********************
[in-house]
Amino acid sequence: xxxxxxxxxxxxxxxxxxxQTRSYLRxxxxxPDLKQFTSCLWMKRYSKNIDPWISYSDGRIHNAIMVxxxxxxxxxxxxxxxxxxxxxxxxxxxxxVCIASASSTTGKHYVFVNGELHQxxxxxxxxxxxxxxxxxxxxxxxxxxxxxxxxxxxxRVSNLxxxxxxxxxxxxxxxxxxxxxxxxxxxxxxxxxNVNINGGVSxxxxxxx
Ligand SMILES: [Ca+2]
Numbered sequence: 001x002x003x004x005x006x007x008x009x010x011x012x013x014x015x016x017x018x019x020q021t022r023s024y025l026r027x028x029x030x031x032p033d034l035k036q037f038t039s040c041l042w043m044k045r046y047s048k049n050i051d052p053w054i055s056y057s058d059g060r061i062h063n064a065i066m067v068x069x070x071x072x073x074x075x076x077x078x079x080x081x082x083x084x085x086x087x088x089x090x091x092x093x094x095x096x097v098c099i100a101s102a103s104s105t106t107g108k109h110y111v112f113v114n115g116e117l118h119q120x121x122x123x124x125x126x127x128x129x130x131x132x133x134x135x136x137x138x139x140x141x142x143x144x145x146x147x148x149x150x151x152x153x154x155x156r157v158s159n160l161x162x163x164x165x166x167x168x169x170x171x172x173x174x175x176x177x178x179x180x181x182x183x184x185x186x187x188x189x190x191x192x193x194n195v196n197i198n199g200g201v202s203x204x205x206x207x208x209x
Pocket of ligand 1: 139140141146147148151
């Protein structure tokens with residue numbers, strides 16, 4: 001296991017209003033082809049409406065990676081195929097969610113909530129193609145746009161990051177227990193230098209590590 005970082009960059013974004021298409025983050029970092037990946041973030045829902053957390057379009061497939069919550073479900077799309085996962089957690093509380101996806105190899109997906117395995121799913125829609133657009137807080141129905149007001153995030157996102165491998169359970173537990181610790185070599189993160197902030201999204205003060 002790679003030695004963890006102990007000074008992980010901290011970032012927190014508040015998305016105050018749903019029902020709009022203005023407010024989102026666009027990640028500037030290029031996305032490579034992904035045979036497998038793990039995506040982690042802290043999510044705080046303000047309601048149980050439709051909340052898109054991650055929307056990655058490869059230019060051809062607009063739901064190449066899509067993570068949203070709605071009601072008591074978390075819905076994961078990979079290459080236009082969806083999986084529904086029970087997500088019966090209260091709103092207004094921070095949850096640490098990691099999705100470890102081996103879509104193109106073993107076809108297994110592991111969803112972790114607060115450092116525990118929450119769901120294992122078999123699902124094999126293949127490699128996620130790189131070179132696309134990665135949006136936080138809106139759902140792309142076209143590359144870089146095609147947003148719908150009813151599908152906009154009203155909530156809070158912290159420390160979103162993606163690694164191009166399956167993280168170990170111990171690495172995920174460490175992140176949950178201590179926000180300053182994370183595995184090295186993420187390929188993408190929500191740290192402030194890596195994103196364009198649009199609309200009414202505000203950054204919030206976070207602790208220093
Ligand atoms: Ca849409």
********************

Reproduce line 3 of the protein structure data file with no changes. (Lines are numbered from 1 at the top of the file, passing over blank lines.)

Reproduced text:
Ligand SMILES: [Ca+2]